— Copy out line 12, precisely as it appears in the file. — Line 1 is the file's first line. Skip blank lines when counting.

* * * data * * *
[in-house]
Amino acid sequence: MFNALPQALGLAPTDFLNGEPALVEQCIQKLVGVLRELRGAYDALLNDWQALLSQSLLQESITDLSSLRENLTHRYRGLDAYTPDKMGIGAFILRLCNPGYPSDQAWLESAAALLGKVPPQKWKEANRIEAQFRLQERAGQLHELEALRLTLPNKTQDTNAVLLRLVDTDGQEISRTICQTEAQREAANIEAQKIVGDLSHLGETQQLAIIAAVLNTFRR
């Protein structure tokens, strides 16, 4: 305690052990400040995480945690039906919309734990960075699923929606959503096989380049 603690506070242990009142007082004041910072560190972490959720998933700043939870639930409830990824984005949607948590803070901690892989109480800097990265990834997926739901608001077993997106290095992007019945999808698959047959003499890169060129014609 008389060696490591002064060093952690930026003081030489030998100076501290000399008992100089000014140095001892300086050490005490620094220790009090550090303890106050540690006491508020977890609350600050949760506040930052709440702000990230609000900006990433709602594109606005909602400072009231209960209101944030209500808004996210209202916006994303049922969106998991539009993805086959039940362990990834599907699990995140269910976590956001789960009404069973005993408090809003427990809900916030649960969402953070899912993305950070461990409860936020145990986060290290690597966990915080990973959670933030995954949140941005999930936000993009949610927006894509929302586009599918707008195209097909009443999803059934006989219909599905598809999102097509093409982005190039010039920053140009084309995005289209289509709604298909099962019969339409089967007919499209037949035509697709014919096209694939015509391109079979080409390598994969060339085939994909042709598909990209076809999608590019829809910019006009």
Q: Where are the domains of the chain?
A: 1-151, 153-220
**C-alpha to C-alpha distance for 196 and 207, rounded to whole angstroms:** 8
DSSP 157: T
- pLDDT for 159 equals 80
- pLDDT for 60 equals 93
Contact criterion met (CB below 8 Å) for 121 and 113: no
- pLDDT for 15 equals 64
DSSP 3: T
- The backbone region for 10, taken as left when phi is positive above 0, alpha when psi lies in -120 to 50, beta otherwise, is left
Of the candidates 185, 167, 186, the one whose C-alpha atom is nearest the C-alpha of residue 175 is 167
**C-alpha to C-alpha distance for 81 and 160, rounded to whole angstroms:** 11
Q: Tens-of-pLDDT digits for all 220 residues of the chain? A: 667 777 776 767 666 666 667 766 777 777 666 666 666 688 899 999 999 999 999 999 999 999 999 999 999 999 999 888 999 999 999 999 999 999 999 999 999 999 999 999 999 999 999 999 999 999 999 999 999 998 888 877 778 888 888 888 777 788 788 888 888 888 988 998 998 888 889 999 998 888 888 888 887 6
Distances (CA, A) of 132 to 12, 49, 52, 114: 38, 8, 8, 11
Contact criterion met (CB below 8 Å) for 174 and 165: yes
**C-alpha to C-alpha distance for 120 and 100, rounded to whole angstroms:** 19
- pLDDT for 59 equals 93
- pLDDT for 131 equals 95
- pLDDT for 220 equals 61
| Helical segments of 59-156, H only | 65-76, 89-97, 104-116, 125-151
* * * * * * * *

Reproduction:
DSSP 3: T